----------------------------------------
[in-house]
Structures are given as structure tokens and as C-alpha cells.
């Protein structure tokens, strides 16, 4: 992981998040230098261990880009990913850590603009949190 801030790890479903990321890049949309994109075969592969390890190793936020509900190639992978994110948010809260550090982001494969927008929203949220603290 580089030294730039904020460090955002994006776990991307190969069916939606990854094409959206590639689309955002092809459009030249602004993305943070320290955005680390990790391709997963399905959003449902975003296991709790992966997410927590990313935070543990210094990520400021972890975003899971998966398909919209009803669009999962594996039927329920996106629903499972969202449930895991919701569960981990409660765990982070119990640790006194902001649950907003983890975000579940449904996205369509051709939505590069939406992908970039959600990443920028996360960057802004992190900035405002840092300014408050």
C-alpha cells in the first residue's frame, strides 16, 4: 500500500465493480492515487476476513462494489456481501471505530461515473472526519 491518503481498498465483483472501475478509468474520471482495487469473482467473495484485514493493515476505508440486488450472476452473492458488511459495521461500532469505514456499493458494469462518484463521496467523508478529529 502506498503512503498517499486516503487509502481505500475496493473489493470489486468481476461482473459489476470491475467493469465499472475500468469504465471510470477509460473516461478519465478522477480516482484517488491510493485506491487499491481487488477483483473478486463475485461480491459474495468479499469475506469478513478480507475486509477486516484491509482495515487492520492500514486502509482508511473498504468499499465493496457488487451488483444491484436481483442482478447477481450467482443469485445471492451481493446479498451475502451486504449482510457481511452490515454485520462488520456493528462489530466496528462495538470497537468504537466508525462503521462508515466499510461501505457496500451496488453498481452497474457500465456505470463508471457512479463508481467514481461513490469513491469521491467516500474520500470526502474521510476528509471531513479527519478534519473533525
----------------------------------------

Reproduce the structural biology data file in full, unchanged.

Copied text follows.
[in-house]
Structures are given as structure tokens and as C-alpha cells.
């Protein structure tokens, strides 16, 4: 992981998040230098261990880009990913850590603009949190 801030790890479903990321890049949309994109075969592969390890190793936020509900190639992978994110948010809260550090982001494969927008929203949220603290 580089030294730039904020460090955002994006776990991307190969069916939606990854094409959206590639689309955002092809459009030249602004993305943070320290955005680390990790391709997963399905959003449902975003296991709790992966997410927590990313935070543990210094990520400021972890975003899971998966398909919209009803669009999962594996039927329920996106629903499972969202449930895991919701569960981990409660765990982070119990640790006194902001649950907003983890975000579940449904996205369509051709939505590069939406992908970039959600990443920028996360960057802004992190900035405002840092300014408050």
C-alpha cells in the first residue's frame, strides 16, 4: 500500500465493480492515487476476513462494489456481501471505530461515473472526519 491518503481498498465483483472501475478509468474520471482495487469473482467473495484485514493493515476505508440486488450472476452473492458488511459495521461500532469505514456499493458494469462518484463521496467523508478529529 502506498503512503498517499486516503487509502481505500475496493473489493470489486468481476461482473459489476470491475467493469465499472475500468469504465471510470477509460473516461478519465478522477480516482484517488491510493485506491487499491481487488477483483473478486463475485461480491459474495468479499469475506469478513478480507475486509477486516484491509482495515487492520492500514486502509482508511473498504468499499465493496457488487451488483444491484436481483442482478447477481450467482443469485445471492451481493446479498451475502451486504449482510457481511452490515454485520462488520456493528462489530466496528462495538470497537468504537466508525462503521462508515466499510461501505457496500451496488453498481452497474457500465456505470463508471457512479463508481467514481461513490469513491469521491467516500474520500470526502474521510476528509471531513479527519478534519473533525